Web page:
Can a City Have Too Much Transportation Network?
For the home of the nation's longest light rail network, Dallas struggles with astonishingly low transit ridership – just 4.2%, according to data from the U.S. Census Bureau. In Freemark's view, that might just have something to do with the city's aggressive highway expansion policy.
For in addition to its extensive light rail system, Downtown Dallas is penetrated by seven grade-separated highways, and may soon see the addition of another. At roughly $1.5 billion, the new toll road is intended to relieve road congestion by building parallel to both existing highways and the new Orange Line, which will open this summer.
"This is transportation planning at its worst," Freemark opines. "Public dollars are being spent on two separate transportation projects that offer similar benefits and serve the same corridors. The advantages of the investments made in rail - namely, the ability to avoid congestion - are being marginalized by the construction of a huge new road that will, at least for a few years (until the congestion returns), make choosing the train a poor choice... And the result is that all this investment will again produce low ridership."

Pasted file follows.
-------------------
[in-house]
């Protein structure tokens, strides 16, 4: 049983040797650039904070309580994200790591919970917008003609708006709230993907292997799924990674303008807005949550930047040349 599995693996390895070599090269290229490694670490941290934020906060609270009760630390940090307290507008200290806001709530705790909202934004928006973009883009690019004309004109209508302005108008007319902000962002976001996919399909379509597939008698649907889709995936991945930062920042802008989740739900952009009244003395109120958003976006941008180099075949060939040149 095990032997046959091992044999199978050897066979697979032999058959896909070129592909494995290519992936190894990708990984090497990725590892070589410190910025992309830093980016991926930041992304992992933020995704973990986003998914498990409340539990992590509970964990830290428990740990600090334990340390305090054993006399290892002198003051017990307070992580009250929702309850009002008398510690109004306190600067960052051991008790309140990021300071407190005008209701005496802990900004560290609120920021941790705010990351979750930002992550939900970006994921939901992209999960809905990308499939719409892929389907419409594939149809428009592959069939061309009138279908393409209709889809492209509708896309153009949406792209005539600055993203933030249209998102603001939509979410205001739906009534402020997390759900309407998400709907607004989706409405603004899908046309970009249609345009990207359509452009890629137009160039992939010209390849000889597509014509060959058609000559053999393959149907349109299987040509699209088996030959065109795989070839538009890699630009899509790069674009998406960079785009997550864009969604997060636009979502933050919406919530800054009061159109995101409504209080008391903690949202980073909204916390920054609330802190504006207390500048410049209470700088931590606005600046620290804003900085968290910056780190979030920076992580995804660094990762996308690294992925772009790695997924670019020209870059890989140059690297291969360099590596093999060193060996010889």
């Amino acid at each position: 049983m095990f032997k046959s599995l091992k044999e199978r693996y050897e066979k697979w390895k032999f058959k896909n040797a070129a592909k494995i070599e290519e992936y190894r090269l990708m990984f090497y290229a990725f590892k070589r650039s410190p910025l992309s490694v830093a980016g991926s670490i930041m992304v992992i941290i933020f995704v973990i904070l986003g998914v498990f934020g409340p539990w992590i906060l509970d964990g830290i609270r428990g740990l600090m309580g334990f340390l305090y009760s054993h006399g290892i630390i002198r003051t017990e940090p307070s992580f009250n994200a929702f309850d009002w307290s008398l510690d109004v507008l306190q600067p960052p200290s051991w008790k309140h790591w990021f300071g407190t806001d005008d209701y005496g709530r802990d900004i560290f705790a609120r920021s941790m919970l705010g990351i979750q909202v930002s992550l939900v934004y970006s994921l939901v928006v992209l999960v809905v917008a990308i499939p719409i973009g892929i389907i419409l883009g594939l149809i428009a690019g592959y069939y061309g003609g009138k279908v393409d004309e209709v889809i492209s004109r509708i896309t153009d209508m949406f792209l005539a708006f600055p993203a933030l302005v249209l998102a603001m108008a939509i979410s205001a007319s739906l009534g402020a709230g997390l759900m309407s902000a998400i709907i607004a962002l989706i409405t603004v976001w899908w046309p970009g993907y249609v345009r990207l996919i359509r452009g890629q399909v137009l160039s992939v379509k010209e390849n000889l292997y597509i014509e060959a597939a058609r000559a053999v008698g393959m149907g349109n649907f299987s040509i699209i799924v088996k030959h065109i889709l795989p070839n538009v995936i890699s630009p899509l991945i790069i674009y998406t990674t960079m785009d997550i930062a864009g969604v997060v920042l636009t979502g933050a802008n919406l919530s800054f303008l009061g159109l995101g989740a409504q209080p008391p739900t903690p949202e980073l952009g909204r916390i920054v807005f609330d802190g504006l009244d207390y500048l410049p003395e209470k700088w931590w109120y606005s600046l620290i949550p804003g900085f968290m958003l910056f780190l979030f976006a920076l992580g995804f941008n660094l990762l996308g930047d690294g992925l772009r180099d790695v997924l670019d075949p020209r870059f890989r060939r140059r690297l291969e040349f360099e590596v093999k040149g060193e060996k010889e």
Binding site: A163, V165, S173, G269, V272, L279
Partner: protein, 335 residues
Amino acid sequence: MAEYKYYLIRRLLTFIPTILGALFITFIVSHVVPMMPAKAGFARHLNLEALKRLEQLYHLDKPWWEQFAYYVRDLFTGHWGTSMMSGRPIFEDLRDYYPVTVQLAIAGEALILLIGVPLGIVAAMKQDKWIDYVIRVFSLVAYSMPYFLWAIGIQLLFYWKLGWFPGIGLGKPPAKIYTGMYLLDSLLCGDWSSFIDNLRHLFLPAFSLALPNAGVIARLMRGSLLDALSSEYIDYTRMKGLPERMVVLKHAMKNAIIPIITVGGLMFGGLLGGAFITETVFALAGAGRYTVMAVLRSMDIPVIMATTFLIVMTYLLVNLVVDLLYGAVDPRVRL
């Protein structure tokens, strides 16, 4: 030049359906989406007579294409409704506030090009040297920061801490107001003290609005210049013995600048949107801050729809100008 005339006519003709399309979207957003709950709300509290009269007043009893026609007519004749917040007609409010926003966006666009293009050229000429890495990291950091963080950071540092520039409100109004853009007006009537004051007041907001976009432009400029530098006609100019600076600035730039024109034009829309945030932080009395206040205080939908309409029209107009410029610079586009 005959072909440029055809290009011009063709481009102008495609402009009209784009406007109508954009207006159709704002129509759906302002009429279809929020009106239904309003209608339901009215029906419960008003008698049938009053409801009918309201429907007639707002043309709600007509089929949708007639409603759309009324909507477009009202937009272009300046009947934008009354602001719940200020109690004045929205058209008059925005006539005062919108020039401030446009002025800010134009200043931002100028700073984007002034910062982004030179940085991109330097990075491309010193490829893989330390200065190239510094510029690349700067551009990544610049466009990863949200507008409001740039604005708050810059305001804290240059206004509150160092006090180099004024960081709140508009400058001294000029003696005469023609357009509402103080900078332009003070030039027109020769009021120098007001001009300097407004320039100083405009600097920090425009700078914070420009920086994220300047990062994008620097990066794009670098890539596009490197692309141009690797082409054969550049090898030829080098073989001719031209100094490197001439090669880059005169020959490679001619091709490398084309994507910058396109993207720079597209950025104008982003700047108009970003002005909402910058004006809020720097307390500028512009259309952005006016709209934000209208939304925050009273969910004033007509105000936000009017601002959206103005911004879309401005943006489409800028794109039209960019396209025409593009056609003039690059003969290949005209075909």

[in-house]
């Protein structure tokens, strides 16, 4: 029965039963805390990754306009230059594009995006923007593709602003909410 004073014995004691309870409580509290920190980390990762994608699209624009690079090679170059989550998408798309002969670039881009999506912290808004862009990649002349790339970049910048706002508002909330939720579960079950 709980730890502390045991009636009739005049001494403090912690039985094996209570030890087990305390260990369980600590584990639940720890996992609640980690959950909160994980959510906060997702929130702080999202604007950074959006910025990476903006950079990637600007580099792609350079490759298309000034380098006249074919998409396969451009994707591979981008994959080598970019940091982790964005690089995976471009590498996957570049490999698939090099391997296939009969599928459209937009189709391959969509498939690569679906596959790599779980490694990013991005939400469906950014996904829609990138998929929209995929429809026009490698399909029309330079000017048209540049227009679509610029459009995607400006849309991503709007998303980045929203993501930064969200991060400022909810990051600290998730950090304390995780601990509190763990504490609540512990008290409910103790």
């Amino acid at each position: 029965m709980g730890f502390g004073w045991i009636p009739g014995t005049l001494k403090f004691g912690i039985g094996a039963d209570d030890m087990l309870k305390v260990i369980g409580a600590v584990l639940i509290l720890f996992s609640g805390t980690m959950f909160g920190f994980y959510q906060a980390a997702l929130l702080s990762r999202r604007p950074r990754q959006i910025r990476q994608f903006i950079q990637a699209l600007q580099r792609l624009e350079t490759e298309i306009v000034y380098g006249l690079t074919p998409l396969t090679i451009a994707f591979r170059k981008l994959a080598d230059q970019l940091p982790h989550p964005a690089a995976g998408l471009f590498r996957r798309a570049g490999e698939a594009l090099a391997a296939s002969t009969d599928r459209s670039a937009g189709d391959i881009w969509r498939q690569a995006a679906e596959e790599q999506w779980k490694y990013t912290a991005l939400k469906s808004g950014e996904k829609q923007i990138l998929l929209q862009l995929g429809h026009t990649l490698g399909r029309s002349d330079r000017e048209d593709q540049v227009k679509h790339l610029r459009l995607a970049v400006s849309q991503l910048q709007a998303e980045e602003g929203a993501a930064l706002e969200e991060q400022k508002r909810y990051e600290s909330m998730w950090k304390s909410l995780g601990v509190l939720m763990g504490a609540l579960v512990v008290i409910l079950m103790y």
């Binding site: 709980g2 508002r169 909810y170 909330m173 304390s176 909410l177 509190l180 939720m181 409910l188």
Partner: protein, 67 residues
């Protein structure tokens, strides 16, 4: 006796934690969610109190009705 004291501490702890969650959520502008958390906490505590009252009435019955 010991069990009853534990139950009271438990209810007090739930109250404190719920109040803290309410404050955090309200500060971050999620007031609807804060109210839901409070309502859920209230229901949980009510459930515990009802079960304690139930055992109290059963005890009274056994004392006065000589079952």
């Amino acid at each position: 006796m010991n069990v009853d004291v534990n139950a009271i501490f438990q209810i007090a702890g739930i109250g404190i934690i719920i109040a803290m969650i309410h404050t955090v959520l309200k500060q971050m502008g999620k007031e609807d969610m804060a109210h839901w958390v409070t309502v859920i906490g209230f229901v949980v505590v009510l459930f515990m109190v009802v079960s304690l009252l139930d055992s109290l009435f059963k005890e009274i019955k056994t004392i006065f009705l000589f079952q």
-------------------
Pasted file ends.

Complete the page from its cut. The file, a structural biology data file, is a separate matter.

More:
Proponents of the expansion argue that the toll road is critical to future growth, a claim that Freemark contends is misguided.
"Highways, by encouraging car use, make the walking, transit-oriented city impossible. The growth that Dallas has seen in its central areas could be ephemeral with the wrong decisions made."